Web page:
As closely as we follow the Celtics, it’s a source of frustration that we’re over a third of the way through the season and the bench – what it is, what it could be, what it might need – remains a mystery. With Delonte West having missed all but five games, with Nate Robinson forced into roles inappropriate to his skillset, with Jermaine O’Neal looking incapable of contributing anything of substance right now, with Kendrick Perkins‘ absence creating questions about who’ll play the 5-spot on the second unit, and with Semih Erden and Avery Bradley logging unexpected minutes, we’re left with a lot of guesswork as to the capabilities of this group.
Sherlock Holmes-style guesswork.
Last night, Marquis Daniels gave us a clearer look at how the puzzle pieces might fit together. At least at the small positions.
Forced into extended minutes when Robinson left with a cut over his eye, Daniels recorded perhaps his best game of the season. It was certainly his most versatile. Daniels put up 12 points, 5 rebounds, 4 assists, 1 steal and 2 blocks in a near-season high 31 minutes of action. His scoring brought the Celtics’ first unit back in the third quarter and his measured play at the PG-spot dictated tempo in the fourth.
More importantly, his ability to be used at three separate offensive and defensive positions created havoc for his former team.
Daniels joined the first unit with 4:21 left in the third quarter, with the Celtics trailing 60-53, checking TJ Ford. The 6’6″ Daniels has a full half-foot on Ford but can still stay in front of him on defense in the halfcourt. Much like Paul Pierce, Daniels manages to get where he wants to go on the floor, without ever looking like he’s moving very fast.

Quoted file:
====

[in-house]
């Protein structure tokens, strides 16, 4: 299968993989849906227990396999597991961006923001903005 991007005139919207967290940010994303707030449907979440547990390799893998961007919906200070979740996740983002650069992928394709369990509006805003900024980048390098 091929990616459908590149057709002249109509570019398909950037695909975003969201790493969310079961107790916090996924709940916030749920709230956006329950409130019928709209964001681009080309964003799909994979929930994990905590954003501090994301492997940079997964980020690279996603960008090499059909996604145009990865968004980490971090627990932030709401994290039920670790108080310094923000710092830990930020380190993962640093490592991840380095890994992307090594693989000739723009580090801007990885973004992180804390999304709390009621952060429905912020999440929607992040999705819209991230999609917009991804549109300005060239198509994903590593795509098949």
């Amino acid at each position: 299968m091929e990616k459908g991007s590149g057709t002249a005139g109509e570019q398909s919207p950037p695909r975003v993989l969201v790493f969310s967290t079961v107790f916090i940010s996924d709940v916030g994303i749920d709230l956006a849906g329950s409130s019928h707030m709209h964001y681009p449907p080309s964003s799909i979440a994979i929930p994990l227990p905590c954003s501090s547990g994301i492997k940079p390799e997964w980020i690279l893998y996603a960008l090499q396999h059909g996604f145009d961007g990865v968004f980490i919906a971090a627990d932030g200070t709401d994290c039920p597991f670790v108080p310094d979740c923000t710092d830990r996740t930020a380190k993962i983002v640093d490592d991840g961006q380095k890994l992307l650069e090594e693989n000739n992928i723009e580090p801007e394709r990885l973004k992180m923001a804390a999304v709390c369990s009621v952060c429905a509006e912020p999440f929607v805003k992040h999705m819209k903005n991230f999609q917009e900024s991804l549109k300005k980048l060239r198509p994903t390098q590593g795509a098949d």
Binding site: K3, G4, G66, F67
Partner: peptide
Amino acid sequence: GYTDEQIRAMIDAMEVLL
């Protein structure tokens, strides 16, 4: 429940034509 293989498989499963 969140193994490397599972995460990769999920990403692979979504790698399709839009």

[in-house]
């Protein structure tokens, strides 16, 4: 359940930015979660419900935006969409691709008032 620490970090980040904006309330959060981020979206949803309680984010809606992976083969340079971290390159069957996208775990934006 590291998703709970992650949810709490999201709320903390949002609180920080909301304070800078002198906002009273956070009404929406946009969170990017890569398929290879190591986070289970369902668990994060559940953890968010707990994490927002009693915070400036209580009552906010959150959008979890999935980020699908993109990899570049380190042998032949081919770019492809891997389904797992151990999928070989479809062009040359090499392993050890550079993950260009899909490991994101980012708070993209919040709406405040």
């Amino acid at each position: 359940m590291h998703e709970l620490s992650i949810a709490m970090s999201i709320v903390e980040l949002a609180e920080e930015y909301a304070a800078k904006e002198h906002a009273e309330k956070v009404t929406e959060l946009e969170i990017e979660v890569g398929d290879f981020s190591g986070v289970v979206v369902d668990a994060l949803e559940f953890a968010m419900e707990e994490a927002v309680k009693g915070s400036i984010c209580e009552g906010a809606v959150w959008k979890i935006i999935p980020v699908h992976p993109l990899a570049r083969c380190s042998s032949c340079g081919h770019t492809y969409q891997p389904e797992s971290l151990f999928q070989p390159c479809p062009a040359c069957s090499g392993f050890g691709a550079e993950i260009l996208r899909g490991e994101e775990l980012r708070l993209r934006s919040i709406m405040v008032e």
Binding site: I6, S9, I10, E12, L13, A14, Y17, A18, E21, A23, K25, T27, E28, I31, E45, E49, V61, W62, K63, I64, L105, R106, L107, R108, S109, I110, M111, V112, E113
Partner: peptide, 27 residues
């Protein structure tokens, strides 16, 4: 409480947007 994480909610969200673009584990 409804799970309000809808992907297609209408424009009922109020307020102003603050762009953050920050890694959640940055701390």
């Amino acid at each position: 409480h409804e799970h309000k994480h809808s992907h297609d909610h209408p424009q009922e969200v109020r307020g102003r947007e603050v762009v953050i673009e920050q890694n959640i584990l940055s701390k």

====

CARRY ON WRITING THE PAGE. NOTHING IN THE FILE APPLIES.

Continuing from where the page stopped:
And on the offensive end of the floor, Daniels changed the game. The Pacers used both Brandon Rush and Ford on him in the third, but neither worked. With Ford covering him, Daniels backed his way to the paint and knocked down easy jumpers over late-arriving help. With Rush on him, the Celtics had a mismatch with Ford trying to cover Ray Allen. The Celtics went to that mismatch right away and Allen knocked down a baseline jumper.
In the fourth quarter, Daniels worked over another couple of Pacers. On one early set, he isolated James Posey on the wing and drove past him for a little 5-foot hook. And Darren Collison fared no better. Daniels controlled him on defense and the C’s had mismatches on offense (usually Allen on Collison) after Jim O’Brien finally stuck Mike Dunleavy on Daniels.
All these matchup advantages are predicated on the C’s going big at the small(er) positions.
The third quarter had Daniels out there with Pierce and Allen; all are at least 6’6”. The fourth quarter had Daniels out with Allen and Von Wafer (6’5″) before the starters returned. Projecting from these combinations, you can see a playoff scenario where Robinson is anchored to the bench in favor of Daniels and the Celtics’ wings exploit defenders in the post.
In fact, knowing we’ll usually see one starter out there with the reserves, particularly in the playoffs, I wonder if the ideal iteration for the second unit may eventually prove to be:
Delonte West at PG, Marquis Daniels at SG, Paul Pierce at SF
Delonte West at PG, Ray Allen at SG, Marquis Daniels at SF
That first trio’s success hinges on Daniels’ ability to stay in front of quicker shooting guards and the second on his ability to handle all manner of small forwards. Assuming he can do both (and, alas, stay healthy), this could be what we’ll see in the spring.
Daniels may yet prove to be, like he was last night, the C’s x-factor.